We are often asked advice about our rules of communications during a crisis. It is best if organizations think about crises before they hit. Be assured, a little bit of preparation will pay off ten-fold. So, here’re 10 rules CG&A COMMUNICATIONS promotes to assist with crisis management:
- Write it down! Before a crisis occurs, draw up and distribute a comprehensive crisis communications plan. Always have a plan on paper.
- Know who will speak. Designate a small list of possible spokespersons and ensure they have training to give media interviews. The objective in responding during a crisis is to have a single voice, not a chorus.
- Organize yourself. Establish internal communications lines to ensure fast, accurate information when a crisis does occur. Prepare a list of inside and outside people to inform of a crisis. And, ensure all employees know where to direct media inquiries.
- Make good first impression. When the issue breaks, there must be an immediate meeting with senior management to determine the stance to take with the public. You have two critical hours to effectively respond. Your challenge is to define the issue accurately, deploy constantly changing tactics, and anticipate reactions.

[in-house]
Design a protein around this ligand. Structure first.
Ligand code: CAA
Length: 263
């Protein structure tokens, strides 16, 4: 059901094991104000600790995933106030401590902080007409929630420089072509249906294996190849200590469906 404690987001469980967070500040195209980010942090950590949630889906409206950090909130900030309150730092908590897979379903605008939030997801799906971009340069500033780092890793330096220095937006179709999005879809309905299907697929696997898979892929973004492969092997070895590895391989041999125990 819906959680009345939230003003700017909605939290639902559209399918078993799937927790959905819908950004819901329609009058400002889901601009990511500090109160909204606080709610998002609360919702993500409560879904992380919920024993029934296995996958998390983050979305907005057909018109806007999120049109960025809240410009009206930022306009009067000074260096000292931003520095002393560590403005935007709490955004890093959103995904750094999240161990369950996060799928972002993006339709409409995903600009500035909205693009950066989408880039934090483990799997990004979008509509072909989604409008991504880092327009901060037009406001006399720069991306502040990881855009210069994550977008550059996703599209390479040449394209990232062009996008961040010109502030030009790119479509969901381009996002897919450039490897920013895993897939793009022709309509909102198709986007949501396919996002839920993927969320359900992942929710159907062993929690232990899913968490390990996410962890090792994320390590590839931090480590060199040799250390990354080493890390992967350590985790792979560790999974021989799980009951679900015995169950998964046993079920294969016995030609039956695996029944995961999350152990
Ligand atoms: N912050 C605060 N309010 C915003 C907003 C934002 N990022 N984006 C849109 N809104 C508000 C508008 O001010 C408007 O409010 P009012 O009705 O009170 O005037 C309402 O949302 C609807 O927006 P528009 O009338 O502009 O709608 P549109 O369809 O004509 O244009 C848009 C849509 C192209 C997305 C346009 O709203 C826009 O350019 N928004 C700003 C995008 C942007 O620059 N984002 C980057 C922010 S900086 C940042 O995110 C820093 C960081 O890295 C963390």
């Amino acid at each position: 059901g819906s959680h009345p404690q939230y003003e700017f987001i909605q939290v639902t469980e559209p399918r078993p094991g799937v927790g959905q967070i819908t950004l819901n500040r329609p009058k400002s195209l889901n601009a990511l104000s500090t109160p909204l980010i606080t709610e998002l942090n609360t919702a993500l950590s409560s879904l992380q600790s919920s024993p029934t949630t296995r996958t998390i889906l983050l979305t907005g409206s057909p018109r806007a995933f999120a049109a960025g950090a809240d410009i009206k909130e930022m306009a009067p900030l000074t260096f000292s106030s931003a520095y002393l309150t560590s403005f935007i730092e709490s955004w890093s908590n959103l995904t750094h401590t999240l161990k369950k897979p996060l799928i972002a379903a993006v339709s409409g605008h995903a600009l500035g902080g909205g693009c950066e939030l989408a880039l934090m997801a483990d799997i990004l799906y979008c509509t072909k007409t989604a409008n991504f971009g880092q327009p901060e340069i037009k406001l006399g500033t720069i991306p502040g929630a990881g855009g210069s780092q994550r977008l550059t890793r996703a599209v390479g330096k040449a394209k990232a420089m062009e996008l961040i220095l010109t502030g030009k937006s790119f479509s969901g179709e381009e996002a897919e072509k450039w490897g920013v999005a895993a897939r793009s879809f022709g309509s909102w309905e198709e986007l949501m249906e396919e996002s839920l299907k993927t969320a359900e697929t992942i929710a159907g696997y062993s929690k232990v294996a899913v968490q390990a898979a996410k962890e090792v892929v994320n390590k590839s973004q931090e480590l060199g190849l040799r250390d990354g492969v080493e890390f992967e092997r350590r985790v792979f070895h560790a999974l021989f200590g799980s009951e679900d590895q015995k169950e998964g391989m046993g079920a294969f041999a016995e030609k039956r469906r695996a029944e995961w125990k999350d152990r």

- Prepare for media. Spend time briefing designated spokesperson(s) and ensure message lines are tight and clear.
- Be pro-active. Get out in front of the issue/event and make a public statement. No comment is no response and silence is anything but golden.
- Keep everyone in-the-know. Remember to keep your own house informed. Distribute statement to staff and other key people.
- Keep the channel(s) to media open. The media must know who the spokespersons are. An inquiry number should be made available to send and receive messages. In a crisis, it is essential that you are honest, accessible, and forthcoming.
- Always stay ahead of the issue. If the crisis is on-going, release periodic statements or hold periodic media briefings/news conferences.
- Never follow a list of ten golden rules. Each crisis is unique and requires special tactics to ensure the issues are dealt with effectively. Do not limit your options in answering to your crisis. A creative, pro-active plan is your best offense.
(ed. – This is a repost from a popular By George Journal article from a few years ago.)